Thanks to an amazing week at last week's European Championships in Sweden, Marc Zwiebler is the first German in 40 years to become European Men’s Singles Badminton Champion. We spoke to the 28-year-old about the surprising success in Karlskrona.
BADMINTON EUROPE: Marc, one week ago you sensationally won the European title. Have you already realized what happened?
Marc Zwiebler: Not really. I haven’t been to the practicing after the tournament in Sweden because I went straight to holidays. So have not seen my teammates yet, but I received a lot of congratulations. But I guess I will start to realize what happened in Karlskrona in a couple of months.
BADMINTON EUROPE: How did you estimate your title chances before start of the tournament?
Zwiebler: I knew I would have kind of a chance to win the tournament, but to really grab the European crown is absolutely amazing. Before the start of the event I would have estimated my chances to win it at 20 %.
BADMINTON EUROPE: On your way to the title, which was the toughest match?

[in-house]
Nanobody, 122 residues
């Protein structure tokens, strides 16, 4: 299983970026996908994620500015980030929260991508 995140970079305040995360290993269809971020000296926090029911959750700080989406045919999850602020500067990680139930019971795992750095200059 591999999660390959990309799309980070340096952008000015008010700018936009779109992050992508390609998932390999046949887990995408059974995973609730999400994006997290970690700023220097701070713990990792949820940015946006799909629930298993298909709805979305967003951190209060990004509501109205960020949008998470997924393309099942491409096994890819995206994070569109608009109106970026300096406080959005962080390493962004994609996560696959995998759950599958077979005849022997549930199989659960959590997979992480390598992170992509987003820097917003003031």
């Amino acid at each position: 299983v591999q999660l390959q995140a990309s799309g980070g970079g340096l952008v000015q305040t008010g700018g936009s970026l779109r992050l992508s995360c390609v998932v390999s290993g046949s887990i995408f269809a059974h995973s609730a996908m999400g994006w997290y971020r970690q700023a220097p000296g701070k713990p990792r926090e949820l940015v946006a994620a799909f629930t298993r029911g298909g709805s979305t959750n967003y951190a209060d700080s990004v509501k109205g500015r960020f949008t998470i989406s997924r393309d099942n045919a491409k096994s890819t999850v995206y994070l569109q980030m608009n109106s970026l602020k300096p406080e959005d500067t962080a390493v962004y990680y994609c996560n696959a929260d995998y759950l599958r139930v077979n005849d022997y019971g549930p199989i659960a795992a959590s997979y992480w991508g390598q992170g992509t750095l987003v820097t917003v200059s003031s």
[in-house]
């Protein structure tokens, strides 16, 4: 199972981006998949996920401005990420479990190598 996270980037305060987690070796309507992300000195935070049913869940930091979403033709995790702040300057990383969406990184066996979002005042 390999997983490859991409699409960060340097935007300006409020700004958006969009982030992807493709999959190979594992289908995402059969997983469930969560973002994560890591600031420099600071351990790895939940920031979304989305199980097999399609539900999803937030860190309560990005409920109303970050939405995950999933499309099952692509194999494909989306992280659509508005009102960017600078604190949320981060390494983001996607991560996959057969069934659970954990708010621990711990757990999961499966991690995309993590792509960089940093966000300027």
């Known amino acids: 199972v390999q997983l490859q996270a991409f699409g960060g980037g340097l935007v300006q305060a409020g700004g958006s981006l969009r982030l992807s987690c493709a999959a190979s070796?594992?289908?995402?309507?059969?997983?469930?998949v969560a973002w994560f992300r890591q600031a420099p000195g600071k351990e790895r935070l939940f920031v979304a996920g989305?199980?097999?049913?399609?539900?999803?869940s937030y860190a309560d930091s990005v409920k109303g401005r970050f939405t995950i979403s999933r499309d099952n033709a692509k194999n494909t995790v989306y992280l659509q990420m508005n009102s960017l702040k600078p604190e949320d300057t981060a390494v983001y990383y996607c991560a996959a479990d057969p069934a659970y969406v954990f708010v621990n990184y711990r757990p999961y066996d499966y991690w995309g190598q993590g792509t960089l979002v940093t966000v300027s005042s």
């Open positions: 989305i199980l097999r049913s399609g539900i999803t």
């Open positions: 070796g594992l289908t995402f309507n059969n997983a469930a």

Zwiebler: It was the match against Rajiv Ouseph. He is my clubmate and a good friend. So we know each other quite well and I felt the pressure for the first time in this tournament. The final was difficult to play as well. Mainly because I was the favourite and I haven’t lost to Hurskainen yet. So people expected me to win. I have to say that Henri Hurskainen played really well and he achieved outstanding results during the week.
BADMINTON EUROPE: What does it mean for Germany to break the Danish dominance in the men’s singles?
Zwiebler: It is a nice feeling that Germany have established as Europeans number two nation and can challenge the best Danes in most of the categories. A big goal is to beat the Danes now in a team final. But in total, the development of German badminton in the last six years has increased a lot and we are coming closer to Denmark.
BADMINTON EUROPE: How was the response at home and in the media?
Zwiebler: I’ve got around 400 messages. And you could read about the European Championships in most of the German newspapers. We have to see how this success can boost the popularity of badminton on a long-term base. I have got some media requests, but I have to decide in the next days what I will do and what I am not going to do.
BADMINTON EUROPE: Last question. What are your next tournaments?
Zwiebler: The next tournament is the Thomas/Uber Cup in China. Afterwards I will take part at the Indonesia Open and Singapore Open. And then - of course - the long-awaited Olympic Games in London.
Photo by BadmintonPhoto.com